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Printing between the Dots

Understanding how the eyeball interprets color is essential for creating color palettes in certain media. Color printers, which typically use 3-4 colors (sometimes more), and televisions, which use red, green and blue only, are a couple examples of devices that use dots or pixels to display color.

Instructions: The following series of images begins with a collection of dots that are clearly green and have significant amounts of space in between them. Reducing the original image, we notice that the colored dots seem to blend together and a coherent color appears solid in the final image. Using similar methods, it is possible to mix colors by simply altering dot formations and limiting white space. Both RGB (television, computer monitors, film projection) and CMYK (4-color process) use this technique.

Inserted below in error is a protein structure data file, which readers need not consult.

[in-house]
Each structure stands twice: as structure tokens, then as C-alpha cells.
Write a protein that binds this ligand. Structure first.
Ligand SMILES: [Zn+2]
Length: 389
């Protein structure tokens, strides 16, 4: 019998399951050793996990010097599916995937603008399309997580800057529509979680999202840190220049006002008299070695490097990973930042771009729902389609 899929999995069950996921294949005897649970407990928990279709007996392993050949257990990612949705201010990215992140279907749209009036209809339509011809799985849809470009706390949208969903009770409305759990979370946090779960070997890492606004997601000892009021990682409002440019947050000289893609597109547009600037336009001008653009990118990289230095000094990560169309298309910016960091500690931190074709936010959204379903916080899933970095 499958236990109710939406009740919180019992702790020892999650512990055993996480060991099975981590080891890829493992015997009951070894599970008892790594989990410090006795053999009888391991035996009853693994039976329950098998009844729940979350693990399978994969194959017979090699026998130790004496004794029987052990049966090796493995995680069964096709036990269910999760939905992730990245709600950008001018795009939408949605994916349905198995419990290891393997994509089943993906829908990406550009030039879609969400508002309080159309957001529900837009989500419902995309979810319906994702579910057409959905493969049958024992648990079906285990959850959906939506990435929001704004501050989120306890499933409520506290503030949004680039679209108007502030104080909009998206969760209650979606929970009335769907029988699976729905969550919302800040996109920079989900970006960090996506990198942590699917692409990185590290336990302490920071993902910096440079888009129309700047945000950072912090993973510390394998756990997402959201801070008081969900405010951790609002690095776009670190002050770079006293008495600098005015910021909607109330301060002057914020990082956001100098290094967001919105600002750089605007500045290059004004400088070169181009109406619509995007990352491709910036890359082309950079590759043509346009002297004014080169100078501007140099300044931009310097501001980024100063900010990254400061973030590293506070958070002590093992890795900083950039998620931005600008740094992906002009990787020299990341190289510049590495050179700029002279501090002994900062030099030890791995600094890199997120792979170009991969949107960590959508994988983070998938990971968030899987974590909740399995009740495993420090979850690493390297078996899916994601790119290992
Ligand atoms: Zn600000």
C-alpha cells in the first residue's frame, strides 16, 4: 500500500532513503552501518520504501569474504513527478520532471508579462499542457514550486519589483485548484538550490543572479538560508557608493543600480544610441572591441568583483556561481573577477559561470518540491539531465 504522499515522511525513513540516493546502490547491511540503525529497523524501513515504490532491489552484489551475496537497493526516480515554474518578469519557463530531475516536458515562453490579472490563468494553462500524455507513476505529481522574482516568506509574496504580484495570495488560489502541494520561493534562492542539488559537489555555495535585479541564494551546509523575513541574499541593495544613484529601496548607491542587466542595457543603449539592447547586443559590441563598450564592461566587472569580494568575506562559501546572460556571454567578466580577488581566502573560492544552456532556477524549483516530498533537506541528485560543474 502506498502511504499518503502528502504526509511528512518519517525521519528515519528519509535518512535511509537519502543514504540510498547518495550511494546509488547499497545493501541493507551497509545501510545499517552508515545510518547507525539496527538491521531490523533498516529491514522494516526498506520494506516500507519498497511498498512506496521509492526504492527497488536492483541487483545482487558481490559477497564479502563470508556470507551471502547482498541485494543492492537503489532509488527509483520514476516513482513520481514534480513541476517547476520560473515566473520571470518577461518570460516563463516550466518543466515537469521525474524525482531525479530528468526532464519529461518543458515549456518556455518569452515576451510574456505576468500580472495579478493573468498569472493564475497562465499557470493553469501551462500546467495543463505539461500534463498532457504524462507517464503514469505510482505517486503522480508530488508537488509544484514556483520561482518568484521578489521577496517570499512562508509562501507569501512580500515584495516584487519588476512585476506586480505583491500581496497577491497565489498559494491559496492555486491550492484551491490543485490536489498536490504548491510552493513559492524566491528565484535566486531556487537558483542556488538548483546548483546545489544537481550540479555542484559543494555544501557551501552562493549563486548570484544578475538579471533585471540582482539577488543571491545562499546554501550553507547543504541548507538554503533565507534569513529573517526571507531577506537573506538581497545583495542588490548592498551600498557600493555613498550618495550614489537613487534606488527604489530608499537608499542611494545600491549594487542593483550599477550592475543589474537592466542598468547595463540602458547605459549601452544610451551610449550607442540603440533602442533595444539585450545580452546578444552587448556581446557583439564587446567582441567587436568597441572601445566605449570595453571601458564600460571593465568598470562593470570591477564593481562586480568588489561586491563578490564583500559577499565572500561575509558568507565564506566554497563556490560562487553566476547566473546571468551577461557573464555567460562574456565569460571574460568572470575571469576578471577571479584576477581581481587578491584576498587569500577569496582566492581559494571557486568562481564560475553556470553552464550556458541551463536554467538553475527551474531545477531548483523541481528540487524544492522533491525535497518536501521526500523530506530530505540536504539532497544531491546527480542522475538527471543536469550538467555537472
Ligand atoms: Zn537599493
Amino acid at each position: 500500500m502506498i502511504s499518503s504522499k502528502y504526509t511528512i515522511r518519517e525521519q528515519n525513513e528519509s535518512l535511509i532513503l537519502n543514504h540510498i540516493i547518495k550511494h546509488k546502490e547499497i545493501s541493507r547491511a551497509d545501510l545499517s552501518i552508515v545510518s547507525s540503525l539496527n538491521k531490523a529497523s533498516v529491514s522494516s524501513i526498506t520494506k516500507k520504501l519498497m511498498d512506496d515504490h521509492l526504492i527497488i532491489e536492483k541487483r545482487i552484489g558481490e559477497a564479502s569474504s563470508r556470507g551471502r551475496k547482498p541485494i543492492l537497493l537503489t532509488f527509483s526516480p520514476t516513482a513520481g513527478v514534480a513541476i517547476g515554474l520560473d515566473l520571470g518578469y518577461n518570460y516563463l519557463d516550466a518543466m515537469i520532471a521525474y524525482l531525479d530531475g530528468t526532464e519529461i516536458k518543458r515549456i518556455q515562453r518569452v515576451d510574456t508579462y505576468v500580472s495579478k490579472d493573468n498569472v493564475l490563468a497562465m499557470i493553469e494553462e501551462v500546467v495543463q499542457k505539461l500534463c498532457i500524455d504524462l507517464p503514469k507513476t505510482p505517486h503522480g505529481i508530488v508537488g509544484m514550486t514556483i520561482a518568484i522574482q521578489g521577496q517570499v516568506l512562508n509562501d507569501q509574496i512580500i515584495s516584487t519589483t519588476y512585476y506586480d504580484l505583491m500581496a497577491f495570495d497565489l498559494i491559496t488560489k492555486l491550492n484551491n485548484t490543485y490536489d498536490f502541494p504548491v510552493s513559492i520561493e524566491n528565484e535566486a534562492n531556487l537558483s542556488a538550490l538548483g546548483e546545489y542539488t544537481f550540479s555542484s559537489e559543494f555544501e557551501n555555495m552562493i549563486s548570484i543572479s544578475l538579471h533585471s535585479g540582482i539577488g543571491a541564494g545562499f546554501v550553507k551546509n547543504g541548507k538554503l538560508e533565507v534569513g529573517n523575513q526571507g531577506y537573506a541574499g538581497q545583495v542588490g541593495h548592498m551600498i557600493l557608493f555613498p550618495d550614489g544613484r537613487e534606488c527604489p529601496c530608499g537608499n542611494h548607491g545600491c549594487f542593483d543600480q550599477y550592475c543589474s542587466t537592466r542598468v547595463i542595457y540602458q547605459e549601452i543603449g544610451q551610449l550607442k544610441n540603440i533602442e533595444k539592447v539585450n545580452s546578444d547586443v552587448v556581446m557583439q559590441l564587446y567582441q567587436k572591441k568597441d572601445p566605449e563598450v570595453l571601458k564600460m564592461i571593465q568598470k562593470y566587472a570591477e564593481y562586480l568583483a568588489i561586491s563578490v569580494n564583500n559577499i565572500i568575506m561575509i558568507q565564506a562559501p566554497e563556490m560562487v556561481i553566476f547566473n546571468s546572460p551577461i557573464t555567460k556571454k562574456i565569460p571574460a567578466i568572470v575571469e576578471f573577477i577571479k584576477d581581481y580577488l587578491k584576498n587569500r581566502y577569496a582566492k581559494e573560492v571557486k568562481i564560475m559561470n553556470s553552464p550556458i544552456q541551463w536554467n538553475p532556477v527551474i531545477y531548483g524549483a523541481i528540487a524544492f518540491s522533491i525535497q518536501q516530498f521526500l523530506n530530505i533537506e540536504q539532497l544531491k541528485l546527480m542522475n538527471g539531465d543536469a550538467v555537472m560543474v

Notice the presence of white  Notice the presence of white Notice the presence of white Notice the presence of white See any white?

Back to Optical Illusions

Other Illusions:
Blind Spots
Blink Effect
Bordering
Chromatic Adaptation
Chromatic Adaptation
Color Blindness
Crispening
Dither Dots
Dithering
Fill Patterns
Opponent After-images
Optical Art
Shape Contrast
Simultaneous Contrast
Simultaneous Contrast
Value Contrast

Other fun stuff:
Free 3D Screensavers
Color Playground
Dimensions of Color
3D Color Puzzle

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